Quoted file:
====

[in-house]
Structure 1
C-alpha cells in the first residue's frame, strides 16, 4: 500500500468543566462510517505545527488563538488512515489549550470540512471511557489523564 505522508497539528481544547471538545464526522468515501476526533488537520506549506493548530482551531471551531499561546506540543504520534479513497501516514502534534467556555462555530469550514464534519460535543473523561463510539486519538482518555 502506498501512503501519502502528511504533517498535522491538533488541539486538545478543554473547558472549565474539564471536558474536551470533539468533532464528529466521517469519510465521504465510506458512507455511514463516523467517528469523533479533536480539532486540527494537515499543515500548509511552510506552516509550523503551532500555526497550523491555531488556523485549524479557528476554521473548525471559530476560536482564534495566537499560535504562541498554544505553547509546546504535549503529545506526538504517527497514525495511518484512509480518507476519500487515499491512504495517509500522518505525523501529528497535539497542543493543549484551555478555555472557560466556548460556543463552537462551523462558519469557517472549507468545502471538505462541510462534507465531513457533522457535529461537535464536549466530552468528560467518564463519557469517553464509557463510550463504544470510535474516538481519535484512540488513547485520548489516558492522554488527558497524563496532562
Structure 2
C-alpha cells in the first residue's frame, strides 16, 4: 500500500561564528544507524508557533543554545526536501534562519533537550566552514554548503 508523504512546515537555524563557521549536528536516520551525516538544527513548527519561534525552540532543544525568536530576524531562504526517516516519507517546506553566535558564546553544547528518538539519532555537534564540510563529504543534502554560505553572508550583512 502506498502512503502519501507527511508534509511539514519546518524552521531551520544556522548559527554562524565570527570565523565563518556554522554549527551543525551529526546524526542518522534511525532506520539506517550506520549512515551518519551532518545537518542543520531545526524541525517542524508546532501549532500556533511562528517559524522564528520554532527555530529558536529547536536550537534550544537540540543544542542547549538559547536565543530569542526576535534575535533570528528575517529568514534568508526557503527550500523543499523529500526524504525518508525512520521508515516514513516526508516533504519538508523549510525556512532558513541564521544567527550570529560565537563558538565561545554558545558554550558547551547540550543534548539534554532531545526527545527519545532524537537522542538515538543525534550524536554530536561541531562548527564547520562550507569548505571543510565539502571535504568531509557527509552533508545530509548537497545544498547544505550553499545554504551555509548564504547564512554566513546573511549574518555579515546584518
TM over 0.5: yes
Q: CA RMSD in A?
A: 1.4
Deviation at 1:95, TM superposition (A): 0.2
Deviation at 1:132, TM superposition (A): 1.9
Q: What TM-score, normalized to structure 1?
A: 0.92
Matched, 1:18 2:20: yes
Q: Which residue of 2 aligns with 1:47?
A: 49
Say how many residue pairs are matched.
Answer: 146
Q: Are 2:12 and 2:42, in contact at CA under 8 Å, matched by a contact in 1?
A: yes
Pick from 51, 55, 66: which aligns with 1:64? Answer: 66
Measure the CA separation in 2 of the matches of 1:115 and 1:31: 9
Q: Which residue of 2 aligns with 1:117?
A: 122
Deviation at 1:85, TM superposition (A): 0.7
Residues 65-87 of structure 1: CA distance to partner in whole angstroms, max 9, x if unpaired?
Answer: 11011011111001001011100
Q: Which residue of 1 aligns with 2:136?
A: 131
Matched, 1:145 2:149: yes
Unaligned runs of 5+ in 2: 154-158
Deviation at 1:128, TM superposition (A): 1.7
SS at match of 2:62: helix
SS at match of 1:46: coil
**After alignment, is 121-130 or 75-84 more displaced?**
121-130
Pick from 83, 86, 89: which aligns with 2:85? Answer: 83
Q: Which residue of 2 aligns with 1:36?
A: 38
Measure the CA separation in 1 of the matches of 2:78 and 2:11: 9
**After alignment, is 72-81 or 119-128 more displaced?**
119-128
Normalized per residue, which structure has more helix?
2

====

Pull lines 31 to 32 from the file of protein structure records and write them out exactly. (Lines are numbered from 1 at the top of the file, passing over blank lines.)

Deviation at 1:128, TM superposition (A): 1.7
SS at match of 2:62: helix